Getting My Nerve Back: A Journey of 10 Weeks Away from the Bike

The fall happened so quickly. Around the curve on a downhill on chipseal pavement. My narrow road bike tire caught the edge of the rumble strip and down I went. Fortunately, the impact was to my left side.

After nearly 10 weeks of being off that road bike I’ve discovered something that is holding me back. It isn’t my diminished fitness level, it is my loss of nerve.

I’m more than a little bit afraid to get back on the bike.

To go from 100 to 200 miles a week on several bikes to nearly zero or a few miles on the trainer, has been a mental adjustment.  But a recurring theme of doctors and friends is “don’t fall.”


I hear that from my ortho guy who replaced my knees. However, this is the same guy who says to me: “a moving brook never freezes.” Keep moving but don’t fall? What’s an immobilized cyclist to do?

As I’ve noted in other posts, Sally, my 5-year-old Cairn Terrier, and other friends have come to my rescue as walking partners.  Up to or over 20 miles each week.

But this fear of falling and, ultimately, getting back on the bike is what’s right in front of me.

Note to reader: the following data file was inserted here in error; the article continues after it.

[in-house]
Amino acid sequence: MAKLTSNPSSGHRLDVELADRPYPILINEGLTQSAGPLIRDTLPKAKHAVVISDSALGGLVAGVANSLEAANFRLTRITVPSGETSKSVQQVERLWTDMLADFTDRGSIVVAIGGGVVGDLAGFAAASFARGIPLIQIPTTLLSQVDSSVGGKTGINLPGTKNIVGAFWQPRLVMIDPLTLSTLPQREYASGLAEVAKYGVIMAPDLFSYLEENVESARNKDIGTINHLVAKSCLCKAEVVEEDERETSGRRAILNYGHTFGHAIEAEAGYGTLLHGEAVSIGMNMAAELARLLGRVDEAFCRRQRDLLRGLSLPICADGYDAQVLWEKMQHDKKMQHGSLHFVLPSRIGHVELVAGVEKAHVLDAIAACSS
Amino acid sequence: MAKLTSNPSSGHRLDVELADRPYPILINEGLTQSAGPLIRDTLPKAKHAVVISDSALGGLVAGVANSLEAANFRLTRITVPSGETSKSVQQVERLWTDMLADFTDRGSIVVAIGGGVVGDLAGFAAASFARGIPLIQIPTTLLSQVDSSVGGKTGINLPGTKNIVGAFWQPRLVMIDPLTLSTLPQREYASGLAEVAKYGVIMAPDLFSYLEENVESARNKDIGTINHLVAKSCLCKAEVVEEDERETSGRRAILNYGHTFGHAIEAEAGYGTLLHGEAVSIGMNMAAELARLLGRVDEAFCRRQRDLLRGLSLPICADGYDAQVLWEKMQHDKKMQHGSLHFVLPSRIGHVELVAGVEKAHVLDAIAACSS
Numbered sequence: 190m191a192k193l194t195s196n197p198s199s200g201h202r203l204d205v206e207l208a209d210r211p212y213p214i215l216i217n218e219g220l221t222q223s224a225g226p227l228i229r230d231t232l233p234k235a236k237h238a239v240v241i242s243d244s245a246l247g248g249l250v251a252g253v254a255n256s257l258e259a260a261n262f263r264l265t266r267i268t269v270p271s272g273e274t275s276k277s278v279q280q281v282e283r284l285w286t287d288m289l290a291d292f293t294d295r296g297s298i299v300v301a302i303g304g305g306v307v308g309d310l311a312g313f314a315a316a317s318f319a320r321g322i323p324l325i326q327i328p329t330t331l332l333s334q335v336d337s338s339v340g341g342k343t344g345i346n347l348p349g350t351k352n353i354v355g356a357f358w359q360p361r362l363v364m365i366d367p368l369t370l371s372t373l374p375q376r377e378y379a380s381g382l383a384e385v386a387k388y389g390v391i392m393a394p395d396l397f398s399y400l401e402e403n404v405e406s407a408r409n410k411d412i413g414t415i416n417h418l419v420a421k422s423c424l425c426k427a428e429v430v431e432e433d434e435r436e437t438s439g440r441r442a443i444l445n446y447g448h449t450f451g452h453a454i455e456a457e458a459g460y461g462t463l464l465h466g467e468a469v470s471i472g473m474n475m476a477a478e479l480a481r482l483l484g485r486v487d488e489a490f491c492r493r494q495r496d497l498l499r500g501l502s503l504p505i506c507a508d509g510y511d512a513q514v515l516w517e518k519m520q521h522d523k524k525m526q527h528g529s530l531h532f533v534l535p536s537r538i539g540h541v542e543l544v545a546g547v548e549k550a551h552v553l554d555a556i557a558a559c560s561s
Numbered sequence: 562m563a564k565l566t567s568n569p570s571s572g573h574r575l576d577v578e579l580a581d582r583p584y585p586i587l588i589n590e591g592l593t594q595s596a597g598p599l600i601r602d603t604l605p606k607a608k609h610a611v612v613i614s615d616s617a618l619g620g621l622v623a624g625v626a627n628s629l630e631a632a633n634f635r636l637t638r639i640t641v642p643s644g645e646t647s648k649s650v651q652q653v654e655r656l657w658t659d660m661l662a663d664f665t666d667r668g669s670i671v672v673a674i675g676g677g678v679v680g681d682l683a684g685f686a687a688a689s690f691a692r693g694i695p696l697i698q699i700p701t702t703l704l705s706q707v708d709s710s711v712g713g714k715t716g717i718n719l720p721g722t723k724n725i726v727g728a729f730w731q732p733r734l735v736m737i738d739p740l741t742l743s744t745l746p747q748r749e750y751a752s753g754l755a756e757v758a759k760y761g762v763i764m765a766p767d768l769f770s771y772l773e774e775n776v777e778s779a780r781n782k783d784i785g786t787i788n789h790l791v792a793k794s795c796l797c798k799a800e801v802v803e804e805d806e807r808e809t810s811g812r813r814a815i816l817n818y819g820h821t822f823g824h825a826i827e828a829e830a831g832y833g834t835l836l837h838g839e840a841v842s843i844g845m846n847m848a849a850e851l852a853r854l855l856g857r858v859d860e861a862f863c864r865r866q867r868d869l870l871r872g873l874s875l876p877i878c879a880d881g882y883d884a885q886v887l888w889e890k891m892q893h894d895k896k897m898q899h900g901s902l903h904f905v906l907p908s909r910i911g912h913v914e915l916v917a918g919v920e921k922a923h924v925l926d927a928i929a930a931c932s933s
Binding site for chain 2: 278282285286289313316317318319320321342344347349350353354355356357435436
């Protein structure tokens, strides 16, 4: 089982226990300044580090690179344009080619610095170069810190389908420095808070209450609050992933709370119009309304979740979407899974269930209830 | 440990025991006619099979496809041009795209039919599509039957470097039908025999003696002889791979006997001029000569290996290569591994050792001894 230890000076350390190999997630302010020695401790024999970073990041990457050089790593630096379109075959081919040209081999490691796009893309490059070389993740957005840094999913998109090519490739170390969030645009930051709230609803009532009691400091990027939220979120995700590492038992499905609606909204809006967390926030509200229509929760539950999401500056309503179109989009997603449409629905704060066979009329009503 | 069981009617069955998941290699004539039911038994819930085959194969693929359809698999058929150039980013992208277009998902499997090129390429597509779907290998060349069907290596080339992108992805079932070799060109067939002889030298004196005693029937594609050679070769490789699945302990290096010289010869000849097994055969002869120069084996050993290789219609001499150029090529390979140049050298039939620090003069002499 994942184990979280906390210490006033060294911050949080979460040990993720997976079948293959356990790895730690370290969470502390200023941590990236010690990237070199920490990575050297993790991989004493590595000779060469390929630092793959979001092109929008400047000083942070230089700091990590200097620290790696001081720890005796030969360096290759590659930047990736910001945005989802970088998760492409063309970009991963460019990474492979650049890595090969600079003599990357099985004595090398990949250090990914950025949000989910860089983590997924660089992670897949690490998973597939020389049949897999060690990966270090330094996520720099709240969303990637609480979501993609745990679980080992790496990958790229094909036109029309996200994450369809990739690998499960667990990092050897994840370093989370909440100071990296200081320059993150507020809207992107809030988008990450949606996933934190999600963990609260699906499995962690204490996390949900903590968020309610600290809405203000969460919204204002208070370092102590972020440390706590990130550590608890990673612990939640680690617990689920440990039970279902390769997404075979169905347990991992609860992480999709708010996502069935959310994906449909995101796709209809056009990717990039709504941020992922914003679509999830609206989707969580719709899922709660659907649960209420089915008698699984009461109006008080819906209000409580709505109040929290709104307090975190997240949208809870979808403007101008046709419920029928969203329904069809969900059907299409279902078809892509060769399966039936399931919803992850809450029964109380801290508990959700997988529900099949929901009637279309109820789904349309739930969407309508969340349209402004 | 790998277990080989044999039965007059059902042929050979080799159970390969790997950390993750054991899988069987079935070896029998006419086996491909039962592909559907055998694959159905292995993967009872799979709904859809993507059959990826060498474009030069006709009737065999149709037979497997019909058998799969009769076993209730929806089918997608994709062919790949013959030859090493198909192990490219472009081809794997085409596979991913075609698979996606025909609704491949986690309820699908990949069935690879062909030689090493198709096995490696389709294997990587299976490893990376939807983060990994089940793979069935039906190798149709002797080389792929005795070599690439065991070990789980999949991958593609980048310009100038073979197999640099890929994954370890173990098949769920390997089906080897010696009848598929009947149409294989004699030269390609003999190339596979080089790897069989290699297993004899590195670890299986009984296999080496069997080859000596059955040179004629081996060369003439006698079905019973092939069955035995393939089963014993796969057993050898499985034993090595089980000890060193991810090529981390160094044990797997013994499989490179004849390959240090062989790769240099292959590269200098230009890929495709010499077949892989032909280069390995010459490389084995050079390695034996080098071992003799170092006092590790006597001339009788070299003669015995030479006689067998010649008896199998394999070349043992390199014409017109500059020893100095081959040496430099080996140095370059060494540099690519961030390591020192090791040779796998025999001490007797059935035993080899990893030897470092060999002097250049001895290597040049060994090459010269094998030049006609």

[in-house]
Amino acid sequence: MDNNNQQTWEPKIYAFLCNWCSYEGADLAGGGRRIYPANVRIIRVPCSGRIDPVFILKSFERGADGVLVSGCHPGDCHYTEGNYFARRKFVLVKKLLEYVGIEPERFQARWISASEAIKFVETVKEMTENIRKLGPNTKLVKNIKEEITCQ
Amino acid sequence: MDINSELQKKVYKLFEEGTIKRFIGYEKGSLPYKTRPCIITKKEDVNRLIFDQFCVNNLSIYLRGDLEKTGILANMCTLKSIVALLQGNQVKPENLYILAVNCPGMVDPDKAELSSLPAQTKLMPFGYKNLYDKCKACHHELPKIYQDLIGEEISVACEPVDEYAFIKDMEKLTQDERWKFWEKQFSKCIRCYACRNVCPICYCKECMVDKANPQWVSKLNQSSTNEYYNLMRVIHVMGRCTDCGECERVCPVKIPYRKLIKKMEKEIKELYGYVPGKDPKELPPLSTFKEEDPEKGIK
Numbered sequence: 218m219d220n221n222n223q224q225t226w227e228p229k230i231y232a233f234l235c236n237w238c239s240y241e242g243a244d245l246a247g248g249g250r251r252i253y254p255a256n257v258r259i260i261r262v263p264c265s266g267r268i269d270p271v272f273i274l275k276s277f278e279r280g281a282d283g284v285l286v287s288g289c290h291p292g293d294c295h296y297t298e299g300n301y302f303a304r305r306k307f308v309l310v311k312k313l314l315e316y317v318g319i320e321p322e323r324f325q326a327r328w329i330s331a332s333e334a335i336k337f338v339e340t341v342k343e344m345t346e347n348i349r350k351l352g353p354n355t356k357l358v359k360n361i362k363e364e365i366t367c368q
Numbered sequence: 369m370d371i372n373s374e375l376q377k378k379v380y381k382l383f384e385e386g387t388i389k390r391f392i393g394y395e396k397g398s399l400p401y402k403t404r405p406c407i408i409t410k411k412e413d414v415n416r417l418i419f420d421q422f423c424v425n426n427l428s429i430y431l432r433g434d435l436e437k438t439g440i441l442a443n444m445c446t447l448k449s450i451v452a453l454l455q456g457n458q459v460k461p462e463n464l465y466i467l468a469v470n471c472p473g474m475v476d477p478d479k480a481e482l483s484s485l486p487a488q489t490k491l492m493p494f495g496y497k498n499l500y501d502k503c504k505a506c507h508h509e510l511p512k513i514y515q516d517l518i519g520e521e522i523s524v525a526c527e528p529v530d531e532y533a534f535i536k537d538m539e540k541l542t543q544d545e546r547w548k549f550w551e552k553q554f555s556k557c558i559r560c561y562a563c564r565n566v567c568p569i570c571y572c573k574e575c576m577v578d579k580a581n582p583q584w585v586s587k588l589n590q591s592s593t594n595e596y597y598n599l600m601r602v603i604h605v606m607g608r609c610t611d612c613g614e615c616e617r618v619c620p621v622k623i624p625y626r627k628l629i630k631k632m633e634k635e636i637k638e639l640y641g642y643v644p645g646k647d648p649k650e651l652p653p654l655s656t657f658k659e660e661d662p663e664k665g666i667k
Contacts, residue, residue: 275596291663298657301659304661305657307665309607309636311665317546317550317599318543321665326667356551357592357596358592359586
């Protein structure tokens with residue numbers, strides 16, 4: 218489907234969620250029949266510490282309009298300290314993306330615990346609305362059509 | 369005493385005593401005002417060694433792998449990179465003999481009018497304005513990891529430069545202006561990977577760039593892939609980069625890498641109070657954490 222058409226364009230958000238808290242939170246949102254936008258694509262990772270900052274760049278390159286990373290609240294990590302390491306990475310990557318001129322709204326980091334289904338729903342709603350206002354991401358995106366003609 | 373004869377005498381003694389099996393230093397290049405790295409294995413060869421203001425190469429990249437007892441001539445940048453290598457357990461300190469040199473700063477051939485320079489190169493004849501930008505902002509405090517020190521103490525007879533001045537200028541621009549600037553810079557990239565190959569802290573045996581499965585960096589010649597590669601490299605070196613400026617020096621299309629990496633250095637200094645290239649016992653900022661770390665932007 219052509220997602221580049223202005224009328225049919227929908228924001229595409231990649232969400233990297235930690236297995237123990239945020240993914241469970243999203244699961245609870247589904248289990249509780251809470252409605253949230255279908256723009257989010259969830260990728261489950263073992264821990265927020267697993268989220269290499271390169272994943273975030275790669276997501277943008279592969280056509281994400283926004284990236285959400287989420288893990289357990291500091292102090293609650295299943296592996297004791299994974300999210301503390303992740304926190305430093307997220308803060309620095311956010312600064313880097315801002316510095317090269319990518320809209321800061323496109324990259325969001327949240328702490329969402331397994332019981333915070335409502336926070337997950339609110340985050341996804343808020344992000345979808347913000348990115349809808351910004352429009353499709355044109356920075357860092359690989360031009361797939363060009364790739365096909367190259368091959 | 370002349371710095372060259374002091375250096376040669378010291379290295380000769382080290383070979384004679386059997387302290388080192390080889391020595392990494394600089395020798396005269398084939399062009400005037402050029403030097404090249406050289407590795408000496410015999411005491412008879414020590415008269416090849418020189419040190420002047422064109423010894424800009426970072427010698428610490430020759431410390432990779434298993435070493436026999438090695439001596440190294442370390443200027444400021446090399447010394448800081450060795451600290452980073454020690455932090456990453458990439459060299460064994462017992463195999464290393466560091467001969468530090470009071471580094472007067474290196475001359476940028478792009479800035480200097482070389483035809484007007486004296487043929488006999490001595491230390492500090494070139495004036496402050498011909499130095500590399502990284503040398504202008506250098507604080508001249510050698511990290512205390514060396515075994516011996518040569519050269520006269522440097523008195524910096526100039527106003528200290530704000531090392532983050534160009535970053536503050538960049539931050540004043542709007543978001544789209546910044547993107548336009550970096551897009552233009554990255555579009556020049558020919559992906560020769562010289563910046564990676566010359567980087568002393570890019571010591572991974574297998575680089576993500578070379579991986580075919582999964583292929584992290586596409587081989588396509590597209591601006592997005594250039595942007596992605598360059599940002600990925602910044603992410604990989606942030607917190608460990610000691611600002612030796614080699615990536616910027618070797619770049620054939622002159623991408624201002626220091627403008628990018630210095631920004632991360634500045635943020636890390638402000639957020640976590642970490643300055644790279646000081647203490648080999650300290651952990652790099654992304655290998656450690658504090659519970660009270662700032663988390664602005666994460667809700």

However, I will say this about this time off: it has helped me adjust to the routine and change in the past three years.  When the pandemic began I started riding the bike, built a romantic relationship and started retirement.  After 24 months only two of those remained. And now after 36 months (or more) only one is here: I’m still retired.

Which brings me back to the fear thing: is the fear of how I’ll sail through the rest of my retirement? Or is it replacing my bike time? Or is it navigating any new relationship?

Here’s a clue: it’s all three. And they are intertwined. I’m getting to redefine my retirement as a what I want to do and when. Without the bike, I’ve found other things to do: pickle ball, hiking, walking and, maybe, dancing. As for the relationship piece: I’m more careful with anything new–listening to my partner, understanding their boundaries and wants and being almost silent publicly.

So, there, it is a fear of falling.  But not just off the bike.  I’ll start there.  Hopefully the falls in the other areas won’t be as significant.


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